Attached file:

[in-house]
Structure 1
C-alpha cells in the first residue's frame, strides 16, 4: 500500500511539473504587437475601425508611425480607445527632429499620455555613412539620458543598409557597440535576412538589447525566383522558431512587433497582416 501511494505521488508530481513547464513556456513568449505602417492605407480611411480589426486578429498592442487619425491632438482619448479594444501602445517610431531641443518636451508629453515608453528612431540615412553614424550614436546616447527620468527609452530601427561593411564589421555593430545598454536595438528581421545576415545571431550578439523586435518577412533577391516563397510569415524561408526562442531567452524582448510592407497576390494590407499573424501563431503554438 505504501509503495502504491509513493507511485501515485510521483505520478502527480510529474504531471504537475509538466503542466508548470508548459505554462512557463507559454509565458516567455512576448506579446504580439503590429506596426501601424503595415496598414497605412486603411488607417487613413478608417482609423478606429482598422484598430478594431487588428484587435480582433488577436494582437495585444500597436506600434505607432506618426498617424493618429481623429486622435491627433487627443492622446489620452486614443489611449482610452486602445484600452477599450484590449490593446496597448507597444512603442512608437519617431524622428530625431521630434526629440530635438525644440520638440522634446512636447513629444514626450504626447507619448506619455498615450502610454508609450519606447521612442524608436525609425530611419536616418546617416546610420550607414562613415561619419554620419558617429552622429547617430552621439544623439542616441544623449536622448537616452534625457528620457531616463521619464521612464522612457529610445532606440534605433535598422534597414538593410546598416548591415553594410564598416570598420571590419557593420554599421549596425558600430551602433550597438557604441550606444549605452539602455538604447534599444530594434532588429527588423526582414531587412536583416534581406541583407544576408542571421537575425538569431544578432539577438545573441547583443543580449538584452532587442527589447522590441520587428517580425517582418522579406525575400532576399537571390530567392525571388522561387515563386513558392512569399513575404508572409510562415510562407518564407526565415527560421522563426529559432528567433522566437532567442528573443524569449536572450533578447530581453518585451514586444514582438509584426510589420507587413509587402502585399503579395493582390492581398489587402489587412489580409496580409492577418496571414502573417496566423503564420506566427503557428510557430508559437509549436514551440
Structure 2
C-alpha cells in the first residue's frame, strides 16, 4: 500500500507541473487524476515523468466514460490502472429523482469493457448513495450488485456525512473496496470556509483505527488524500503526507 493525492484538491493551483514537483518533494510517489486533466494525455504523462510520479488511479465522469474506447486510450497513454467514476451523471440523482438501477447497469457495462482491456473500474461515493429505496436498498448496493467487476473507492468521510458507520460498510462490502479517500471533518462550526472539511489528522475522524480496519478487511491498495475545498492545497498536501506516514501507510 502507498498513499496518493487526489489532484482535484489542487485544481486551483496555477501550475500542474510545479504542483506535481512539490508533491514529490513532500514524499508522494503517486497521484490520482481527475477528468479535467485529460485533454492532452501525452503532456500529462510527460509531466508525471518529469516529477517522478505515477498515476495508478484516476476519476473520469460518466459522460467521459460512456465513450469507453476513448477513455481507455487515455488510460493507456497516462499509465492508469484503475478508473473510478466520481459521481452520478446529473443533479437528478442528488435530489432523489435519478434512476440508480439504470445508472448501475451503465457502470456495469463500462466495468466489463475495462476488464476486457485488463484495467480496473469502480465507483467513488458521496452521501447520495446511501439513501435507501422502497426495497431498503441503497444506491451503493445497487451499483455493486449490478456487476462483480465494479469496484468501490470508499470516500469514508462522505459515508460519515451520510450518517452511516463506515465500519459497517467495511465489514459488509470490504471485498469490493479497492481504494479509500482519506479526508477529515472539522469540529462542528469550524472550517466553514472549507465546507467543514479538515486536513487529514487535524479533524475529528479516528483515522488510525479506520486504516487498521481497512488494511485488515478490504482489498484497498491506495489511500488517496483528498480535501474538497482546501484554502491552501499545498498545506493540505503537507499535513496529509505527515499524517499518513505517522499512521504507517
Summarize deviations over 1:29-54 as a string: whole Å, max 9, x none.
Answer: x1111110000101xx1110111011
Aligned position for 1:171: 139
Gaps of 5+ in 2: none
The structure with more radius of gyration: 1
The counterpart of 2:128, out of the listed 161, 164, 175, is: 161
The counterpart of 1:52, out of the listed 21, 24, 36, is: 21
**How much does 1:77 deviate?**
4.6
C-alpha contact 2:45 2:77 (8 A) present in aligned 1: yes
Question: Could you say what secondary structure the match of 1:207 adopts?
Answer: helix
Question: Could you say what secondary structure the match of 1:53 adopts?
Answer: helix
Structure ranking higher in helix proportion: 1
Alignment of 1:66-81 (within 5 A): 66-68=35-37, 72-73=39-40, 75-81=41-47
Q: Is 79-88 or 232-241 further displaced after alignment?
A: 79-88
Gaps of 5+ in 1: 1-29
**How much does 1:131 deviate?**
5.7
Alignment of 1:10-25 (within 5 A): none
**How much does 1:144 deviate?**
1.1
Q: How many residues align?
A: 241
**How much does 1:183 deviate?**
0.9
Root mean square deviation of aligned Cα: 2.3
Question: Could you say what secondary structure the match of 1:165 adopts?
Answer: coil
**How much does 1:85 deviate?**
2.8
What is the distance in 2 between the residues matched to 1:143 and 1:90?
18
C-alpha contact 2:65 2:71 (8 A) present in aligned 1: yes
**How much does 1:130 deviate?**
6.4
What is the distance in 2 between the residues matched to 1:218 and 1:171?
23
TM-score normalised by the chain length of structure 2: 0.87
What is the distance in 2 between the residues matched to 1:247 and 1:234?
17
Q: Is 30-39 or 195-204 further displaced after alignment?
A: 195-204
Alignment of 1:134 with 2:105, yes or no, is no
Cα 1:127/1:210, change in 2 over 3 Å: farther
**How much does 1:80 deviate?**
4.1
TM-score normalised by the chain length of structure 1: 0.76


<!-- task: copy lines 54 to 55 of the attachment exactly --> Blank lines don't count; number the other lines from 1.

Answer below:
4.1
TM-score normalised by the chain length of structure 1: 0.76